Moses by John August Swanson. Image from Art in the Christian Tradition, a project of the Vanderbilt Divinity Library, Nashville, Tenn. Original source © 1983 by John August Swanson.
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Matthew 28:1-10 Commentary
by Holly Hearon
When I was a child, I expected to wake up on Easter morning to find a basket, mysteriously delivered by a rabbit, filled with chocolate eggs waiting for me.
I also expected to wear a hat and white gloves to church, to sing “Jesus Christ is Risen Today,” and to be joined by my grandmother for dinner. It was these expectations and the anticipation they elicited that, in part, made it a special day.
We tend to assume that when the women came to the tomb, they were completely unprepared for what they encountered. But this isn’t the way Matthew tells the story. In fact, Matthew takes great pains to suggest that the women are waiting and watching with a sense of anticipation. The surprise may be for us: that all of a sudden we have been invited to follow these women from the cross to the tomb -- women who, up until a few verses earlier, have been both silent and unseen.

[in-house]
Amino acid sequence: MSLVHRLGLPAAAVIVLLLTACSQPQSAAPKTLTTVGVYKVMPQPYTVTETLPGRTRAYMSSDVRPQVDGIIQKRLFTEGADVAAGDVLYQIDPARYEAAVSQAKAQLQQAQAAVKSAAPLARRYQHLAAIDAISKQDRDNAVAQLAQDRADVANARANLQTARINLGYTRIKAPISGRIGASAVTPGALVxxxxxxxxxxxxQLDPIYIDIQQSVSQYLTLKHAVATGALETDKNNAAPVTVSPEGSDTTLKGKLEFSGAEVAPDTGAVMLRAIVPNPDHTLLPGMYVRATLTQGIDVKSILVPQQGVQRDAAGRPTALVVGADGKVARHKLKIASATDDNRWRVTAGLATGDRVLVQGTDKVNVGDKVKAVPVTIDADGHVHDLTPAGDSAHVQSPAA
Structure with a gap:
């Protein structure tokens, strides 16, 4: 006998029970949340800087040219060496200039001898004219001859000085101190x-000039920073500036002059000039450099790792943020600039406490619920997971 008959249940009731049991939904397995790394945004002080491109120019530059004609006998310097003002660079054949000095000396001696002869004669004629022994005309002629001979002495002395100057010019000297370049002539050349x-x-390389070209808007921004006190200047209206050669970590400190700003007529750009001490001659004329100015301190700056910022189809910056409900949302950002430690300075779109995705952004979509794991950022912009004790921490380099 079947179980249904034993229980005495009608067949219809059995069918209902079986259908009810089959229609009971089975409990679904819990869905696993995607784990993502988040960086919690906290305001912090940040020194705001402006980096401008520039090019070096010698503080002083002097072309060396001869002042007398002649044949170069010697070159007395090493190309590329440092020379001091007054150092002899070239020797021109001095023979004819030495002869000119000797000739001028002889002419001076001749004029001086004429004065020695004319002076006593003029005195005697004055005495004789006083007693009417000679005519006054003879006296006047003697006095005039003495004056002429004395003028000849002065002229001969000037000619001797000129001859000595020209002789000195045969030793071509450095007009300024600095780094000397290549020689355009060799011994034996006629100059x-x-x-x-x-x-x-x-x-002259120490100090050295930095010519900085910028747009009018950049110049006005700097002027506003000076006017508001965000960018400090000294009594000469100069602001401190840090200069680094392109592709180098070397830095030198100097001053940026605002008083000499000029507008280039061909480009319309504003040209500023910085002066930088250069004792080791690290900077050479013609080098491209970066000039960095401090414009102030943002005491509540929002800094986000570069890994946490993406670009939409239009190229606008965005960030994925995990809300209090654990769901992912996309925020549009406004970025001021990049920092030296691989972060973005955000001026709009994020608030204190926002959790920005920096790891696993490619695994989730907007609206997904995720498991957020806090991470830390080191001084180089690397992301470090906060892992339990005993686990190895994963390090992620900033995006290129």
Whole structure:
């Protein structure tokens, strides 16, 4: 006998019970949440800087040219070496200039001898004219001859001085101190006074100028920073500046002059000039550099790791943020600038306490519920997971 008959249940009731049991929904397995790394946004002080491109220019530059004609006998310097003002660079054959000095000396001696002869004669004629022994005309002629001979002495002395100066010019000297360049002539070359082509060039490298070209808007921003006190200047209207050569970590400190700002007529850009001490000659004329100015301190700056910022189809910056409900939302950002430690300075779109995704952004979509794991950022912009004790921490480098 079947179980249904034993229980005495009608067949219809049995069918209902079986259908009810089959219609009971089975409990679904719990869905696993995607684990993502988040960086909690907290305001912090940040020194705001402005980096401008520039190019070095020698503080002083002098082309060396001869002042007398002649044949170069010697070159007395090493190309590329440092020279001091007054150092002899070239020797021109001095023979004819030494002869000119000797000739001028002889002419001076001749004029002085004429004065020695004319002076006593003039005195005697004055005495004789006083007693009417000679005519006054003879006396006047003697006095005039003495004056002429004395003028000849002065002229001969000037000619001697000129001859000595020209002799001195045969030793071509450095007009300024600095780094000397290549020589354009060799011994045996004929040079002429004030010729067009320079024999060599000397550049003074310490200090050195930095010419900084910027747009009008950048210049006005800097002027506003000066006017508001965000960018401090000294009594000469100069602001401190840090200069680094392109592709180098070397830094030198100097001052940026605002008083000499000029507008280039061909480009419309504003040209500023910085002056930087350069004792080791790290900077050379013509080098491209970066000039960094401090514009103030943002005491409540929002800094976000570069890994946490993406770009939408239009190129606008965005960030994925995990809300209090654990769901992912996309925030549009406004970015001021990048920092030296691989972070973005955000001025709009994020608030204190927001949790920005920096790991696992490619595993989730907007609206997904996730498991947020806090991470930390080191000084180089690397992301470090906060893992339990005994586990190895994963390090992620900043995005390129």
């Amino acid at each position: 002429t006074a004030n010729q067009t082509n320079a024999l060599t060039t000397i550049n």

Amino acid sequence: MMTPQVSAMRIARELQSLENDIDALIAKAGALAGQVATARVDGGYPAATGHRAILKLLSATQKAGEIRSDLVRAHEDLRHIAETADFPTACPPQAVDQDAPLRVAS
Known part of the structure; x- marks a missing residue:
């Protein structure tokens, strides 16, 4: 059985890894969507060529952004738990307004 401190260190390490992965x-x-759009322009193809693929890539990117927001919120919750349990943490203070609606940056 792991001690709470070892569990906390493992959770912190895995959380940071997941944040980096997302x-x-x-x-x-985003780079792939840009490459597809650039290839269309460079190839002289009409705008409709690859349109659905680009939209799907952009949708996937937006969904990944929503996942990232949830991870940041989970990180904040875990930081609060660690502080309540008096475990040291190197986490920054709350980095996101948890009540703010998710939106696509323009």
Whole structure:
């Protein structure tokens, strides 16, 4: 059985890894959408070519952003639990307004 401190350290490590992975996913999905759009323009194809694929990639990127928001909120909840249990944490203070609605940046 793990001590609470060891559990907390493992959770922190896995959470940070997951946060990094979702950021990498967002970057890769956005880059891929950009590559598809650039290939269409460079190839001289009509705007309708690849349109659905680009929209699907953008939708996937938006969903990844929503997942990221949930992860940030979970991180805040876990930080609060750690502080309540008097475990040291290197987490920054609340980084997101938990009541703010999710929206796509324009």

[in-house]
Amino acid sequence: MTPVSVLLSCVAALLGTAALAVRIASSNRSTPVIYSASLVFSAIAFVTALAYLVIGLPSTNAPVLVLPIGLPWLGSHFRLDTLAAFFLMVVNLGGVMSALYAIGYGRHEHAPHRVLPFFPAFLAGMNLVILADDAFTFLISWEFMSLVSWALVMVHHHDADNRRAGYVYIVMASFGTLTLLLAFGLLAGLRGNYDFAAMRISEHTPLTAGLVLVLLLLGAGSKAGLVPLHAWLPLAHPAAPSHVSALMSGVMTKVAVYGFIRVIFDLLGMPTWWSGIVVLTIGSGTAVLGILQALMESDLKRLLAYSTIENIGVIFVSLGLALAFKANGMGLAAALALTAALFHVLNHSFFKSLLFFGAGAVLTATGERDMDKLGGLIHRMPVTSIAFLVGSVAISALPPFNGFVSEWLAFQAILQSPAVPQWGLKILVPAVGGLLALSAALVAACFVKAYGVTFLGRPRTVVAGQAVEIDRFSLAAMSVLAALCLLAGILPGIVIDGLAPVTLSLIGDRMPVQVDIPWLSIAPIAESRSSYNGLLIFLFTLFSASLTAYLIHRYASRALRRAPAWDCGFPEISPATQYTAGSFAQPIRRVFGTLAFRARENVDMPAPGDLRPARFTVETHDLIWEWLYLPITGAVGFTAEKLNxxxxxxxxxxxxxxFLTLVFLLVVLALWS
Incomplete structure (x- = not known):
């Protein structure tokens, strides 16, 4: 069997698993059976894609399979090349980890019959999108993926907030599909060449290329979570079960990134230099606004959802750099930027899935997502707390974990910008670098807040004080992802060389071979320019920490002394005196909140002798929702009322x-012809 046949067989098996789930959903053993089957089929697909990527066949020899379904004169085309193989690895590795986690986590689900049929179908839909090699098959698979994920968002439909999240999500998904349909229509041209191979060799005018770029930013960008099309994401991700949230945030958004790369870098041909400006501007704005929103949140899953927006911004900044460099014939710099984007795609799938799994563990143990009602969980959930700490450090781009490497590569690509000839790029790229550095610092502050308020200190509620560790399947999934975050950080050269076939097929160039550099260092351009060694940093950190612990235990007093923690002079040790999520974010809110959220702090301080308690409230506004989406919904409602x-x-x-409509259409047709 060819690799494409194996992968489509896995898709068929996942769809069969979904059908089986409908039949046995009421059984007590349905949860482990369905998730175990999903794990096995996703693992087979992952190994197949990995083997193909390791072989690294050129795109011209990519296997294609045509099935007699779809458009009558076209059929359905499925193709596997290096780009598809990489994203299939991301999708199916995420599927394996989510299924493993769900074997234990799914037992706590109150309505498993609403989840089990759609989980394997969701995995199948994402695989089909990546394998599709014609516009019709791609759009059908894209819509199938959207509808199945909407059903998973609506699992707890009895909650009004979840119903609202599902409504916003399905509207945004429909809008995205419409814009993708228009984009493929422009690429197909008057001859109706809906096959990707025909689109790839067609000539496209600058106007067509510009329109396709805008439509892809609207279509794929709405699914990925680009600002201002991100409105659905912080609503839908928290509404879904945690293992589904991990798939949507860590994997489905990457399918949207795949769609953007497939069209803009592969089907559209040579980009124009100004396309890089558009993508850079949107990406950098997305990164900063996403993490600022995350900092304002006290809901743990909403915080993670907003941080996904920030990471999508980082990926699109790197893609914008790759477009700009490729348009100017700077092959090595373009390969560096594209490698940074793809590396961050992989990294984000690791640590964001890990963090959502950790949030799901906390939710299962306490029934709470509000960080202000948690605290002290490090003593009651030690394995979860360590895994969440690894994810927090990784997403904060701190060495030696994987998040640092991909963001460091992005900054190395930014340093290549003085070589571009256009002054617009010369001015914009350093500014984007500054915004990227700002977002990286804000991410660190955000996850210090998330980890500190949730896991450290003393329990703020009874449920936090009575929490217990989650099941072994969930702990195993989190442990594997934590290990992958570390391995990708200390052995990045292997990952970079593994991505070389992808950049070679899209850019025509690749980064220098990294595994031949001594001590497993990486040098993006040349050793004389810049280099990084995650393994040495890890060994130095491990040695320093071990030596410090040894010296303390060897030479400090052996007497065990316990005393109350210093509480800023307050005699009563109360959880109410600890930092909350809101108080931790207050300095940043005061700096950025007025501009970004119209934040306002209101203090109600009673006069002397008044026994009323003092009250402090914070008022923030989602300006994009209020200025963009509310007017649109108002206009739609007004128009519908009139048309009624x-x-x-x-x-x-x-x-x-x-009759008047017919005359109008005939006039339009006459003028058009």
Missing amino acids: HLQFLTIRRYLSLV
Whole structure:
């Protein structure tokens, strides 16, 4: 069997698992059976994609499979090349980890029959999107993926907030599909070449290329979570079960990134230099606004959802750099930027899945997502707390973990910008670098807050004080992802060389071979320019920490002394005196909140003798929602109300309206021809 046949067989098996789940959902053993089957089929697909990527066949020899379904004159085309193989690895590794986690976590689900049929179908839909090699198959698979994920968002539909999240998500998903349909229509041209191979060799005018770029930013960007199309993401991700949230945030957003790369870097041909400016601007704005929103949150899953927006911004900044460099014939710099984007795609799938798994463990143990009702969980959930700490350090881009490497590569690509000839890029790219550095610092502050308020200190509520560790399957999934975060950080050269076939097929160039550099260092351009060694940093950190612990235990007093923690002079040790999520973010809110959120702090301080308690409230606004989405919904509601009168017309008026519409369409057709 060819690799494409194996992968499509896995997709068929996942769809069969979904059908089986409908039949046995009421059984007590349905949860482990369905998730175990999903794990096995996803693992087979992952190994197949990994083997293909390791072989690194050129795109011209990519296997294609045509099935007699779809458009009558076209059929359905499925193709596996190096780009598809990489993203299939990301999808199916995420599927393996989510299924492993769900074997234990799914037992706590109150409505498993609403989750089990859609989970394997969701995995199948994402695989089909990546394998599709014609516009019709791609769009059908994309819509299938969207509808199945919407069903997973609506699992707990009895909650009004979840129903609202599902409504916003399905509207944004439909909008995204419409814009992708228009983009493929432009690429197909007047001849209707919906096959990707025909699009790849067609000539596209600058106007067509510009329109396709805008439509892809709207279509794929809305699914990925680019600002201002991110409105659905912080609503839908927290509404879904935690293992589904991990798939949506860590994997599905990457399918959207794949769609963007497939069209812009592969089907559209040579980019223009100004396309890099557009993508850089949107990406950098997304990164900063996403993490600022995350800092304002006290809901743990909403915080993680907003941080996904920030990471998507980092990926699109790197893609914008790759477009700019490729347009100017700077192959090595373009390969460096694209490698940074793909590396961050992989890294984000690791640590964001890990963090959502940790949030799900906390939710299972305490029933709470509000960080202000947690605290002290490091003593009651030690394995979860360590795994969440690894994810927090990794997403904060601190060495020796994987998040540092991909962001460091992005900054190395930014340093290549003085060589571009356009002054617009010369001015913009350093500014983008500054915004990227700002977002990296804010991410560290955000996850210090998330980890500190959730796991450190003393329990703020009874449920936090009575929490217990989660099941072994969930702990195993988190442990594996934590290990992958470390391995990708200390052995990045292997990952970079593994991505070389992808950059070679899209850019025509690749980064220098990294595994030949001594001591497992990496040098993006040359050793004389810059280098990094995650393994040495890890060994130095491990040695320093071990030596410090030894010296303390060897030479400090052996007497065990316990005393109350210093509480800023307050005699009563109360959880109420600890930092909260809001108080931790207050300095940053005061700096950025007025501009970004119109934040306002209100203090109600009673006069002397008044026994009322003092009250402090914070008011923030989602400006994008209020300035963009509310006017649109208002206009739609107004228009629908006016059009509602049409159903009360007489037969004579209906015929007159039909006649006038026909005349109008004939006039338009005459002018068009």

When the women are first introduced in Matthew 28:55 we learn that they have followed Jesus from Galilee and have “provided” for him. The word “provide” (Greek: diakonei) reveals a good deal about these women. After Jesus has been tempted ...
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Summer 2020 Readings
2020-21 Readings (Year 3)
The narrative lectionary is a four-year cycle of readings. Read more.
April 05, 2015
Narrative Lectionary podcast on readings for April 5, 2015: Matthew 28:1-10 (Accompanying text: Psalm 118:19-24.